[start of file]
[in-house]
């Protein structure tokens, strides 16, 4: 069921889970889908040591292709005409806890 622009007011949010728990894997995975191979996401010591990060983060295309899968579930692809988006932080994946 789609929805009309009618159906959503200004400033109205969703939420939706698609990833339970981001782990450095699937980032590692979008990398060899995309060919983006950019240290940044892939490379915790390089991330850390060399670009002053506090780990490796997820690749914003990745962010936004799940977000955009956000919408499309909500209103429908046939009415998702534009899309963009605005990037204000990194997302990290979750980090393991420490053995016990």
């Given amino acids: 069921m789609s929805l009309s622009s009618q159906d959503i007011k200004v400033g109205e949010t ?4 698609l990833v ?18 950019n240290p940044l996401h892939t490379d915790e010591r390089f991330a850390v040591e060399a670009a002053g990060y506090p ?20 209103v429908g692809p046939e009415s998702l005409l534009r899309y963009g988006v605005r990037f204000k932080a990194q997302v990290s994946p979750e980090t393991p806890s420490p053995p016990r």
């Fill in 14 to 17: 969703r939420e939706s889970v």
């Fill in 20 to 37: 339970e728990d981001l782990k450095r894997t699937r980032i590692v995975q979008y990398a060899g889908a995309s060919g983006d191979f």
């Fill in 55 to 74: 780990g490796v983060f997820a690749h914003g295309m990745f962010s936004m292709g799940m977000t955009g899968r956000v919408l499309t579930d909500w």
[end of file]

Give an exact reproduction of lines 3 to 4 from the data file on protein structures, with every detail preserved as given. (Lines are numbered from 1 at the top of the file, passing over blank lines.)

């Given amino acids: 069921m789609s929805l009309s622009s009618q159906d959503i007011k200004v400033g109205e949010t ?4 698609l990833v ?18 950019n240290p940044l996401h892939t490379d915790e010591r390089f991330a850390v040591e060399a670009a002053g990060y506090p ?20 209103v429908g692809p046939e009415s998702l005409l534009r899309y963009g988006v605005r990037f204000k932080a990194q997302v990290s994946p979750e980090t393991p806890s420490p053995p016990r």
């Fill in 14 to 17: 969703r939420e939706s889970v």